The euro dropped to a two-month low against the safe-haven Swiss franc and lost ground broadly on Friday, as concerns about the health of Deutsche Bank weighed on the single currency and undermined risk appetite across global markets.
The Swiss franc was also bolstered by expectations that Middle Eastern investment houses could pull out money from the United States and into alternative safe-haven liquid currencies like the franc.
Those expectations were raised after the U.S. Congress voted overwhelmingly on Wednesday to approve legislation that will allow the families of those killed in the Sept. 11, 2001 attacks on the United States to seek damages from the Saudi government.
"Risk appetite seems to be backtracking as European banking concerns mount," said Hans Redeker, head of currency strategy at Morgan Stanley, adding that Swiss franc strength was not just a reflection of the European banking problems.
"It could also be seen in the context of Middle Eastern accounts possibly starting to pull out of the U.S.," he said.
The Swiss franc hit an eight-week high against the euro at 1.08125 franc EURCHF= in the London session. The euro EUR= fell 0.4 percent to $1.11775 EUR=, while it lost 0.6 percent against the yen to trade at 112.77 yen EURJPY=.
The yen, also seen as a safe-haven currency, has rebounded from Thursday's trough versus the dollar as global share prices slipped on worries about Deutsche Bank (DBKGn.DE), under pressure from a massive fine imposed by the United States over its sales of mortgage-backed securities.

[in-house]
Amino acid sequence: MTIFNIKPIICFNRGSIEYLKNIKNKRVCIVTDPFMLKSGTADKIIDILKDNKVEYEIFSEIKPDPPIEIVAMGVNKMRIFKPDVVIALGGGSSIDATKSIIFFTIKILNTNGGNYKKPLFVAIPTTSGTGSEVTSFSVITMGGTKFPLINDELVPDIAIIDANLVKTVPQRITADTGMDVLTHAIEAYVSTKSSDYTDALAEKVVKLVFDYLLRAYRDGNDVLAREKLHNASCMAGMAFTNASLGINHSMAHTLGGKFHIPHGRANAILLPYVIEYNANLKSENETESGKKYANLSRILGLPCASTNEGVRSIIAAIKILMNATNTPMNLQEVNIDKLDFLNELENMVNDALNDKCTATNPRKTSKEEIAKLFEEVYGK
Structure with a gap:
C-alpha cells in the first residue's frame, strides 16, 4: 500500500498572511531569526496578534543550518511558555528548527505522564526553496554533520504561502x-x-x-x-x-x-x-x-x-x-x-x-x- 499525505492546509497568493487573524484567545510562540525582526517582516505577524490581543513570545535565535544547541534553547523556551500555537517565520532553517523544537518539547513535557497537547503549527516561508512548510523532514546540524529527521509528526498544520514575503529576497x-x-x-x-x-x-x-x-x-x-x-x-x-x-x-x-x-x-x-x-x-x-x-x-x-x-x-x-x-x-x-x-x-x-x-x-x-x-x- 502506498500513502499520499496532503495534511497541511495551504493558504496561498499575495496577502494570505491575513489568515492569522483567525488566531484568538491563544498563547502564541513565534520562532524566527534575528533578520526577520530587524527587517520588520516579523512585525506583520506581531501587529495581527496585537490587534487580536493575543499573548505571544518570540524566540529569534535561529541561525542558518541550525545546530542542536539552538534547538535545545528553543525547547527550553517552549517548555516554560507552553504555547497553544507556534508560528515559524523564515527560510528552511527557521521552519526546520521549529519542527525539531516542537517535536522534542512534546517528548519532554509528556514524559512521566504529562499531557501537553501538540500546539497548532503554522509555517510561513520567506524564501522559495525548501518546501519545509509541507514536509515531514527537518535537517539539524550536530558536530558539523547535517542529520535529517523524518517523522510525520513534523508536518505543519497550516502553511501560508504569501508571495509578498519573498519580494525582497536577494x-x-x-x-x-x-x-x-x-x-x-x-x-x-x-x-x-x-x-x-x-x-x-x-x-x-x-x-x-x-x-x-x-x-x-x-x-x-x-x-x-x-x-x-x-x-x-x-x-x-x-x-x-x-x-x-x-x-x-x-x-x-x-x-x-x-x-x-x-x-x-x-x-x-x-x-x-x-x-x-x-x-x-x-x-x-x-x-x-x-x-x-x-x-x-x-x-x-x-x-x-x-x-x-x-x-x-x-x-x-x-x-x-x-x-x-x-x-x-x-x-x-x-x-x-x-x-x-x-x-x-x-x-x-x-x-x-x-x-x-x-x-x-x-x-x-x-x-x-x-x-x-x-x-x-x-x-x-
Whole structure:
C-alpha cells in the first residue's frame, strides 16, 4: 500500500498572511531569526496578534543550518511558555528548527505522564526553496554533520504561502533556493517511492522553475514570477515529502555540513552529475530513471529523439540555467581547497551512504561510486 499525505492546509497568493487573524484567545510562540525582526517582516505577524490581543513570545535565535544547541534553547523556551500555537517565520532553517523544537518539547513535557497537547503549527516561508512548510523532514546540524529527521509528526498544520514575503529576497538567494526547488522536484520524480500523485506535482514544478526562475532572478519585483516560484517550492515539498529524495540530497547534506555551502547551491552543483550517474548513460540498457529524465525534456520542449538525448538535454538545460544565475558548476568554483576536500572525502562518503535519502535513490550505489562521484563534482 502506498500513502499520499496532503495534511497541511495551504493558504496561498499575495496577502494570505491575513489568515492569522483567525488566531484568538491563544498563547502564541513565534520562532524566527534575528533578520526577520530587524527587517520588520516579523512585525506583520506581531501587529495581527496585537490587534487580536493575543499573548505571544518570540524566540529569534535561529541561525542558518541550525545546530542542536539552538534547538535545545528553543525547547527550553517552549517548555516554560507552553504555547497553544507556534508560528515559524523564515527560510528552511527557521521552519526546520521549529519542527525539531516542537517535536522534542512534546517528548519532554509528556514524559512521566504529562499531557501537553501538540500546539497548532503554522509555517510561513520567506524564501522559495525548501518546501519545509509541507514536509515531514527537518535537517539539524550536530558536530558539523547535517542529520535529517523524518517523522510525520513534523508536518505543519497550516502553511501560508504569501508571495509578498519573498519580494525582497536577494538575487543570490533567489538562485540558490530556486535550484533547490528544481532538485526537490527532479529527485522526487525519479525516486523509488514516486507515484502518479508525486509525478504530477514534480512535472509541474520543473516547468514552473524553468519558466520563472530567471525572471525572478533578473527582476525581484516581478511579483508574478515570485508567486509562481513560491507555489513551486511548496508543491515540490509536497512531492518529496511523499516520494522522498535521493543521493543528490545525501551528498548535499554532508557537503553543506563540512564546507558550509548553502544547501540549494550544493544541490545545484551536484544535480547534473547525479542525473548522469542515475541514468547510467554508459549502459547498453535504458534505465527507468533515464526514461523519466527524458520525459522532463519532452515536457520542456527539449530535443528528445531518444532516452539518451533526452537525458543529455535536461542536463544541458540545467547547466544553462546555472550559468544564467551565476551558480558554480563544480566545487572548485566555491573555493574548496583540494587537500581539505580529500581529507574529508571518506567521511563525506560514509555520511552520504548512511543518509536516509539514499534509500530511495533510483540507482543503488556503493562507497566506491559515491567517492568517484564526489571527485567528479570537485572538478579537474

The latest lurch came after Bloomberg reported that a number of hedge funds that clear derivatives trades with Deutsche had withdrawn some excess cash held at the lender, which has dropped to fourth in overall rankings as a currency trader.
The Japanese yen looked set for its third straight quarter of gains. It has gained about 2 percent so far this quarter, on course to log its third consecutive quarter of gains, as investors suspect the Bank of Japan has reached a practical limit in stimulus and has lost clout in cheapening the yen.
Earlier, the dollar rose from around 101.15 yen to 101.80 yen in just a few minutes, a move traders said appeared to be linked to month-end or quarter-end flows.
The dollar later pared some of its gains and was last trading at 100.80 yen JPY=, down 0.2 percent on the day.
Focus will be on U.S. data and a better-than-expected personal consumption expenditure (PCE) deflator — the Federal Reserve's favourite inflation gauge — could offer support to the dollar. ECONUS
"The Fed seems more focused on employment than on inflation," said Marshall Gittler, head of investment research at FXPrimus.
"Nonetheless it could help to persuade the holdouts on the Fed that a rate hike in December — currently seen as only a 58 percent probability — is justified and therefore be dollar-positive."